Monday, June 25, 2012

Meal Plan Monday

Monday- Quinoa and peas with tomato sauce, topped with a fried egg.  I'm sort of in love with topping everything with fried eggs these days.  I'm also making bread in the breadmachine as I type.  I prefer the crust and shape of oven baking, but when it's hot, I would rather not run the oven.  The plan is to make myself a solar cooker this summer.  But I haven't done that yet. 

Tuesday- Panfried potatoes with garlic and oregano.  Polish sausage.  Coleslaw, the kind with a vinegar dressing instead of mayonnaise, which is apparently called carolina slaw.

Wednesday- Can one make a vegetarian lasagna in the crock pot?  I'm sure going to try!  We'll see how it goes!

Thursday- Matt and Margie for dinner.  The forecast says the high will be pushing 100, so that means burgers and salad.  No cooking inside.

Friday- Chicken salad sandwiches.  Carrot sticks.  General grumbling about the heat.

Sunday, June 24, 2012

So Satisfying!

Today in church the missionary who was speaking announced a game.  He needed 13 volunteers, people who weren't already holding papers.  But everyone was holding papers.  Except me and the Munchkin, who were out in the hallway where the wiggly Munchkin and yowly Baby wouldn't distract everyone.  A game, however, sounded great.  The Munchkin would hold a sign.  I would hold a sign.  What next?

Actually, it was more like an "exercise" than a "game."  As in, listen to a sentence about what the schedule said, and then listen to a paragraph about what really happened, and then move up or down one place in line depending on whether your assigned character would be more or less happy after that event.  Not a bad premise, but not terribly well exicuted.

And the longer things went on, the less inclined the Munchkin was to stand in his place and hold his sign.  And the longer things went on, the more the Baby fussed and yapped and generally made baby noises of one sort or another.  So I'm looking apologetically at my congregation, because while they are all good people, they don't adore my kids like I do.  Or rather, many of them don't think I reign in my kids quite well enough.  Too many baby noises upset them.  Stomping feet in the balcony prompt unkind comments.  And I've had quite enough criticism this week already.  Thanks!

I'm trying to (quietly! quietly!) corral the Munchkin as he sits and stands and flaps his sign and attempts to wander about and whispers loudly about inconsequential things.  I'm juggling the Baby, so as to maybe calm her down.  Not happy on my back, maybe my front?  Are you crying yourself to sleep?  Please hush!  Please kids!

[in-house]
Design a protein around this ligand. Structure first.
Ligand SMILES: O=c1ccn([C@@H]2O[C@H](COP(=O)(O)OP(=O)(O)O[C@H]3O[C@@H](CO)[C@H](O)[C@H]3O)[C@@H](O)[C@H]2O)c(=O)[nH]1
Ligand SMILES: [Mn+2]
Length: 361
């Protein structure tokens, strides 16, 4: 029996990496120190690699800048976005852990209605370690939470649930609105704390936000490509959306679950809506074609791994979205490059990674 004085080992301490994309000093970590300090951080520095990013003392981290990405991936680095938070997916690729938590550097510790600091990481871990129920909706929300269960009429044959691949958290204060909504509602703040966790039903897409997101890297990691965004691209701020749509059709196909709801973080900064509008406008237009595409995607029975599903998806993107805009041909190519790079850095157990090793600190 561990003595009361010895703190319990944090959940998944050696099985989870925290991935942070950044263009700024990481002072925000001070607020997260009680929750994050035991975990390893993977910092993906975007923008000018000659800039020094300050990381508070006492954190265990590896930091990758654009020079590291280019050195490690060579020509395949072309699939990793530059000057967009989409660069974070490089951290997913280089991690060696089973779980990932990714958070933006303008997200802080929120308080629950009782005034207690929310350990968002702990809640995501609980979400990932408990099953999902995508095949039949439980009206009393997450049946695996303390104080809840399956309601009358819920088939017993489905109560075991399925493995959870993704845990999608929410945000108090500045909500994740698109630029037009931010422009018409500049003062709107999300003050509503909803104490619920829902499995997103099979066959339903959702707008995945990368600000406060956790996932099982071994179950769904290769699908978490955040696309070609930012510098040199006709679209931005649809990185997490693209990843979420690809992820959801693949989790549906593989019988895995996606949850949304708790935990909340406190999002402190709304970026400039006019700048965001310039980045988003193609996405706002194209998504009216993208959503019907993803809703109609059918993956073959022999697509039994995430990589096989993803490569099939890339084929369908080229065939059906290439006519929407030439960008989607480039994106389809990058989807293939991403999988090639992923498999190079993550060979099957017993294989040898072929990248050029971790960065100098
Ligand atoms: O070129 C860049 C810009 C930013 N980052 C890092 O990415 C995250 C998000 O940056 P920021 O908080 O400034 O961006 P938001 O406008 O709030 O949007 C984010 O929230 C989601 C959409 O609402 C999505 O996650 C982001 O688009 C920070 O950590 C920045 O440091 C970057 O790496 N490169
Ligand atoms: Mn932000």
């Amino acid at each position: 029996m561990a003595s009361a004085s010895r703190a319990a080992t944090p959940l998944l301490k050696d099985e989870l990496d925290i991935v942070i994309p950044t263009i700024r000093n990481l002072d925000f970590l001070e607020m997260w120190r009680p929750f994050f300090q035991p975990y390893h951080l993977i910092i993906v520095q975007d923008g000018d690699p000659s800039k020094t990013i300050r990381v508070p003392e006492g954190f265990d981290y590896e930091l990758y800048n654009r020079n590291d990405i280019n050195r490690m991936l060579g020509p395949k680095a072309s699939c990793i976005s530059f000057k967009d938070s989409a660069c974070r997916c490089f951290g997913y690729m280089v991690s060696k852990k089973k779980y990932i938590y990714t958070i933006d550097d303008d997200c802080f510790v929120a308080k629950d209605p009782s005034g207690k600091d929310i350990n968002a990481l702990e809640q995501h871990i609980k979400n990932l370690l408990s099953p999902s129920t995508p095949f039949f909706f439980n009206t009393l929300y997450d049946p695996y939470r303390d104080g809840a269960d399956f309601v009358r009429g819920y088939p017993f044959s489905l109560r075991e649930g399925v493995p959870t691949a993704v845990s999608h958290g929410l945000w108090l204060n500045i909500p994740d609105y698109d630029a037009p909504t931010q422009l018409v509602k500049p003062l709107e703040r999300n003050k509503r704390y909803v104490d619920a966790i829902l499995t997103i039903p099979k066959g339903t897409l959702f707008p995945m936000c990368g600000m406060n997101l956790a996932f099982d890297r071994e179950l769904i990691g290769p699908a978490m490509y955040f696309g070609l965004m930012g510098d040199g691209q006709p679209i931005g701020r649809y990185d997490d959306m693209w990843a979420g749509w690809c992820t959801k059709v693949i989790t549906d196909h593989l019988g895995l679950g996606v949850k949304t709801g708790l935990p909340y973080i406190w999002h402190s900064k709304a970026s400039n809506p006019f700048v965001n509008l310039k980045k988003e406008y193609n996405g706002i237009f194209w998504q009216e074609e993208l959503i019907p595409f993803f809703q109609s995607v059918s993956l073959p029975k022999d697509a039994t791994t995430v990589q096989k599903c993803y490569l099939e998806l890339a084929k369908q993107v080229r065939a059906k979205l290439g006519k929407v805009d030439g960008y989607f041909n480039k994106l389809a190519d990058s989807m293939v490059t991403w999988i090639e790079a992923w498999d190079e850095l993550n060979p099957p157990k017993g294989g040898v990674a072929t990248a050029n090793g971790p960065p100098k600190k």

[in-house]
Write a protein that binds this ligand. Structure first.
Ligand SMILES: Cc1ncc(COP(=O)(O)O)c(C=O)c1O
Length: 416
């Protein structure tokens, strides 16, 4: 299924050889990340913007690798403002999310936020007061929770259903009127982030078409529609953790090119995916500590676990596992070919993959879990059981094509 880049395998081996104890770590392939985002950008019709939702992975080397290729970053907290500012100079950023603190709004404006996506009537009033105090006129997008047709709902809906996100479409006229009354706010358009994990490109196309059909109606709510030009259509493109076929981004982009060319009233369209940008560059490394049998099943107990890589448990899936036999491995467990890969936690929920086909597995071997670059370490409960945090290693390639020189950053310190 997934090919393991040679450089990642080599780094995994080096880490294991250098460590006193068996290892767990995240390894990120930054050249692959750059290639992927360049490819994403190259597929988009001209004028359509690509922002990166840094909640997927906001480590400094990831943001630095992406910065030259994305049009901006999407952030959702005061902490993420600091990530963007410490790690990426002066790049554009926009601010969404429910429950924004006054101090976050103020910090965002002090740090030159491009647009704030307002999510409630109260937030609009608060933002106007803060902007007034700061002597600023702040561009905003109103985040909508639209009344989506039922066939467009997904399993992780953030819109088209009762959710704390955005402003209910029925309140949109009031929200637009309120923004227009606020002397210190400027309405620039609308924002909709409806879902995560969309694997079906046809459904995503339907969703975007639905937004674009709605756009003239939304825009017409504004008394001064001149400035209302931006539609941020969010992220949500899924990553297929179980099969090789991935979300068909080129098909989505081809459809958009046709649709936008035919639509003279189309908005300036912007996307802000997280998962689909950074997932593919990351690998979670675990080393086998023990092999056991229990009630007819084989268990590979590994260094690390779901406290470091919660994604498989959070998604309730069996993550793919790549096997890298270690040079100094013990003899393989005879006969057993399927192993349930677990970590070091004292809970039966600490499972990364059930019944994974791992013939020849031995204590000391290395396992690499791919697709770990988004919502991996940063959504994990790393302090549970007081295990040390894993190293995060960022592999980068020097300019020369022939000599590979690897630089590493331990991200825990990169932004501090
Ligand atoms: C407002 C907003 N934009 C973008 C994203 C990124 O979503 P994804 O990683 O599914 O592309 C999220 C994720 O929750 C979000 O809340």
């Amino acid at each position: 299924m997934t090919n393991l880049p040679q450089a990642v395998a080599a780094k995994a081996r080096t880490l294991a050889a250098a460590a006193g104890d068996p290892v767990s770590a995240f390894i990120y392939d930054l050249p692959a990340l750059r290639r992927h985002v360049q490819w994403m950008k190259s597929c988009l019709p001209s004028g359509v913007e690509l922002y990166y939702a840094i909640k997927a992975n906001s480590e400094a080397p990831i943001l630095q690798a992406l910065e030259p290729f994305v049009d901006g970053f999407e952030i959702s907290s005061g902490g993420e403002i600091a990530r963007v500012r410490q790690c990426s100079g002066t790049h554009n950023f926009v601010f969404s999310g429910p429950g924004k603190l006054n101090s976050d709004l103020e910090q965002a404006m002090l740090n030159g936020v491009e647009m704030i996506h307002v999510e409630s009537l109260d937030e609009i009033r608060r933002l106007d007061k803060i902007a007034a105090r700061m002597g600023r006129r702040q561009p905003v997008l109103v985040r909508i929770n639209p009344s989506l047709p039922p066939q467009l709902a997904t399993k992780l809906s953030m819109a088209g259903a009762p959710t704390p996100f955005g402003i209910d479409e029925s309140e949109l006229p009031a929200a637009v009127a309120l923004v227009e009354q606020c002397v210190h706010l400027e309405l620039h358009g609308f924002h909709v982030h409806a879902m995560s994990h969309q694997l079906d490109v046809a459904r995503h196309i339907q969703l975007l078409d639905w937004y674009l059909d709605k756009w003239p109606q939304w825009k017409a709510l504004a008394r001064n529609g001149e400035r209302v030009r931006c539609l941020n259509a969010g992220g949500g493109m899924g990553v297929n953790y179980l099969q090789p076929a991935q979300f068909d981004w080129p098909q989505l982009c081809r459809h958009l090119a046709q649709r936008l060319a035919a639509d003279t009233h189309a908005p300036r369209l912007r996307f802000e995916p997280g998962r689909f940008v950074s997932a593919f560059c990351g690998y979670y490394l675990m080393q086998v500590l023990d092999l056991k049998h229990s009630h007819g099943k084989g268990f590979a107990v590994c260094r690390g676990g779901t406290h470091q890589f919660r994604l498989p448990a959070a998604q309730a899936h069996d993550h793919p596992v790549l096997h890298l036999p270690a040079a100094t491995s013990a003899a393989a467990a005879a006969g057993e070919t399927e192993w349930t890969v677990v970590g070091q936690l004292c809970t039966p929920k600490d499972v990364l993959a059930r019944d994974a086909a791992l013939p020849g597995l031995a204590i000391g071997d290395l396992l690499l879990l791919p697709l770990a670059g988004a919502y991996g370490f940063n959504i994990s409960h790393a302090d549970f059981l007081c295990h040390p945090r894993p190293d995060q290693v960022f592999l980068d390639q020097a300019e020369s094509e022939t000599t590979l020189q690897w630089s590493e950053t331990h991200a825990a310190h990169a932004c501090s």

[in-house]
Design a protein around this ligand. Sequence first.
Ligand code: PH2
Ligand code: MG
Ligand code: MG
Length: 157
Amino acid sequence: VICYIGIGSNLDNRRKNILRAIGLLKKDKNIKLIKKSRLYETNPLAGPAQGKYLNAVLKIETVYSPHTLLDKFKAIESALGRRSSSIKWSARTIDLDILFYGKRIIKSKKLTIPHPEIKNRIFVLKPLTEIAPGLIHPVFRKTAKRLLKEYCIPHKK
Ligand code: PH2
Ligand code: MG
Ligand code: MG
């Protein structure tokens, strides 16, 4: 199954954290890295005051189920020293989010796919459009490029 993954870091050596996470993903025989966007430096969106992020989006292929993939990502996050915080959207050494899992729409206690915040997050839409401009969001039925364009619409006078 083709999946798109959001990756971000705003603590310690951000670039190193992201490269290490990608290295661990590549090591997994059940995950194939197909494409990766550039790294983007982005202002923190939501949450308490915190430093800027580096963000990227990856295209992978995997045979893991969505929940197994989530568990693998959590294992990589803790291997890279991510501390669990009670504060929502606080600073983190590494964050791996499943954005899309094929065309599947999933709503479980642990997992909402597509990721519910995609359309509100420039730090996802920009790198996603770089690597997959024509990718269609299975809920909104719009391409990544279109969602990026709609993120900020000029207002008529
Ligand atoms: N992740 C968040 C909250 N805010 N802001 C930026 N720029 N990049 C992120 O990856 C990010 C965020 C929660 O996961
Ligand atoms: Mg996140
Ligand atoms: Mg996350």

Finally, the game is over.  I can retreat to the back hallway again.  I'm embarrassed.  I'm not looking forward to the chit chat after church.  And after the service ends, one of the older ladies approaches me.  Oh no, I think, but it becomes immediately clear that this conversation isn't what I was expecting.  She effuses: The Munchkin is charming, and he behaved so well!  The Baby is too cute!  What a beautiful job I did juggling her to try and keep her happy!  I'm a good mom!  My kids are great kids! 

I was flabbergasted.  Dumbfounded.  Struck speechless.  Thank you, dear dear woman.  You made my month!  Sometimes, a little affirmation does the heart good. 

Monday, June 18, 2012

Meal Plan Monday

Monday- Red pepper and mushroom risotto. Focaccia (Incidentally, this may well be the worst batch of bread I've ever made.  But it's edible, so it will be eaten).  Pan fried Italian sausages.

Tuesday-Asian coleslaw. Garlic lime talapia.

Wednesday- Pot smashed potatoes with garlic and lemon.  Sauteed Zucchini with oregano.  Chicken with garlic and onions.

Thursday- Rotini with white beans in home made tomato sauce.

Friday- Kebabs with meatballs and various summer veggies.  I do each skewer with one thing on it (meatballs only, say, or just green peppers), because otherwise your mushrooms are charred by the time your peppers are cooked, or you're serving raw peppers with cooked mushrooms.  You could re-thread everything in prettier order after cooking, but we take the skewers out to serve anyway.

Sunday, June 17, 2012

Father's Day & A Recipe (of sorts)

We bought a house early last year with an almost-but-not-quite dead cherry tree in the back yard.  It produced an abundance of spring blossoms but no fruit last summer, and we decided it's sad, diseased self had to go.  Plans were made, a chainsaw was borrowed, and on Mother's Day of this year, we set out to put it out of its misery.  At which point I noticed that it was LOADED with fruit. 

Now, I have a neighbor who felt no compunction about ripping out his weed-choked lilacs two weeks before they were in full bloom, but I could not justify killing off that dying tree right before its cherries ripened.  So it sat for a few more weeks.  Wednesday I picked a few cherries, and they were ripe and lovely.  But dying is dying, so we cut down the cherry tree, and I harvested its lovely swan song sour cherries.

I wanted to take some pictures of the summer sun shining through beautiful carmine cherries nestled among emerald leaves, but I couldn't find my camera.  Which is probably just as well.  It's a cheap little point-and-click, so it wouldn't do justice to the effect.  And then I'd get frustrated, and you'd end up being subjected to lousy pictures anyway.  Someday I shall invest in a DSLR.  But not today, friends, not today.

Also, we figured out why the tree was dying!  Carpenter ants had eaten a big tunnel straight up through the trunk, and presumably down into the roots as well.  At least it wasn't some contagious fungus or something, because we've got both a bing cherry in the backyard and some nanking cherries in the front, and we would hate to have all of those die.

On to the recipe, which isn't really a recipe, it's more like a technique.  Or not even really a technique.  Realistically, it's an idea about food.  But isn't that better than a mere recipe?  (No.)

Cherry Bounce